It’s that time of year, the farmer’s markets are back.  For the few lucky ones, there are some that go year round (we have one that is year round in our town).  It’s fun to see how it changes as the seasons change.  In the winter it’s pretty small and not much there, but it feels good to go and buy a couple things from the local farmers.  It’s also a good way to see what’s “in season”. 

So, I just finished a section in Animal, Vegetable, Miracle that was talking about “Organic” food and the mainstream corporations that are now starting to offer Organic.  It’s a bit of a double edged sword.  In one way I think it’s great that you can buy Organic at Safeway or Costco or whatever big store you may have in your town.  It’s getting it out there to the masses, making it available and slightly more affordable to those that maybe wouldn’t buy it normally from a speciality market.  But playing the devils advocate, those big corporations are potentially ruining the term Organic.  These corporations are lobbying to reduce the standards of organic (to make it more profitable for them- of course- it’s all about the bottom line- not doing the right thing for the consumer or the community).  For example, they have lobbied so the Organic, free range eggs you’re buying aren’t really coming from these happy hens running around beautiful acres of fields, foraging for grubs, etc.  They are only required to have a door on the hen house that leads to a small area outside to be certified as “free range”.  Most of those hens never see the light of day.  That’s a far cry from the image they portray or that we perceive in our heads.  I don’t know about you but I certainly don’t want to give my money to those people.  They are lying to us!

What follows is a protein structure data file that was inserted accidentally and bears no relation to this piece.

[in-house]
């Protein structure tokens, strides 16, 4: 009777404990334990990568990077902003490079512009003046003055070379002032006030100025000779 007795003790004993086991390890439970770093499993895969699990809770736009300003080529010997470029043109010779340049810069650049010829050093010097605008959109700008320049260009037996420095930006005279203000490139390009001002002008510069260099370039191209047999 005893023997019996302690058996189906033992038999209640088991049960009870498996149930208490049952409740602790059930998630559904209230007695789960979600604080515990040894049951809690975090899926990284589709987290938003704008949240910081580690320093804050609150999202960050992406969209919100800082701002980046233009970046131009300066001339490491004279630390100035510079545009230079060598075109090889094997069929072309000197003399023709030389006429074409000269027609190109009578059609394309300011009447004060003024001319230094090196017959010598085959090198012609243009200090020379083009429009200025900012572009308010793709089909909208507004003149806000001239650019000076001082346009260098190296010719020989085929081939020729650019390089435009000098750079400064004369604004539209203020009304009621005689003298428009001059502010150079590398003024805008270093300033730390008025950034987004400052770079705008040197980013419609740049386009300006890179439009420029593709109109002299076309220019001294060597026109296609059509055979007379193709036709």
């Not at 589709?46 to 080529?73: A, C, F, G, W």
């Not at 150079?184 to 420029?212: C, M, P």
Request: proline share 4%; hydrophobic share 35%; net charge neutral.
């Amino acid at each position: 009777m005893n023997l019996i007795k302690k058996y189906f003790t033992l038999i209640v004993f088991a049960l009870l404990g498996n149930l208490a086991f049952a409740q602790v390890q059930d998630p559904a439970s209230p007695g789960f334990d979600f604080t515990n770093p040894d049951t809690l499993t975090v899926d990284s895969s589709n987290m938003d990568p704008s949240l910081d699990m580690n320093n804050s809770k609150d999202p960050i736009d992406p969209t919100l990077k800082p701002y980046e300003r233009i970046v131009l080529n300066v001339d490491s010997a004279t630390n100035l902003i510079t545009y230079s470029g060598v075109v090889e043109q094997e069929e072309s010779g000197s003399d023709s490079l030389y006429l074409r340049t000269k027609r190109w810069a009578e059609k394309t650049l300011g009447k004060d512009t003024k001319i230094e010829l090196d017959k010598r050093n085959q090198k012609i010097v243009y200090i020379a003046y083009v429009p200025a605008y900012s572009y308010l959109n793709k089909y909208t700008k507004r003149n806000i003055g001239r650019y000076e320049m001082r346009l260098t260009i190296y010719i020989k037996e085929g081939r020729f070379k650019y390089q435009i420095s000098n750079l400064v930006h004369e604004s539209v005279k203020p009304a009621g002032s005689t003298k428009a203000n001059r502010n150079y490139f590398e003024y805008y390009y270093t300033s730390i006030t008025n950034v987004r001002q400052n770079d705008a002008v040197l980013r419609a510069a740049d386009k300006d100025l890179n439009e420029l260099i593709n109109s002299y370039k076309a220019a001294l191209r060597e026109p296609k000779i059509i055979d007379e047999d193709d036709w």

So with that said, I encourage you to buy from your local farmers.  I know some of you aren’t as lucky as I am to have friends who give you fresh eggs from their hens, but I bet you can find a farm in your area, or at least buy from a smaller company at the grocery store.   Check at your local farmer’s market- someone may be there with eggs or maybe one of the other vendors may know of someone who sells eggs.  This goes for all produce.  It’s hard to get certified as an organic farm and it costs money.  Most of your local farmers may be growing organic but just aren’t certified.  The best thing to do is talk to these vendors at your local markets and get to know them.  They are concerned about their communities and have sustainability and community as their number one priority.  “Buying locally grown is a denomination whose meaning is incorruptible.” Barbara Kingsolver 

This is one of our favorite activities to do as a family too.  We usually don’t make it home with some of the fruit we buy.  Ryder likes to go and help pick out the fruits and veggies and it helps him to see us supporting someone rather than a store.  We grow a lot of our own fruits and veggies so he understands the whole concept of growing and tending to the plants and finally picking them- he loves to pick strawberries.  It’s the best to look over and see his red stained face, hands and shirt.  What could be better than picking a warm strawberry from your own garden and eating it.  He is so proud of his plants.  Every morning we open his curtain and look out on the garden and see how much the plants grew!  I hope this will carry on through his life. 

Go to the link at the right for farmer’s markets to locate one near you.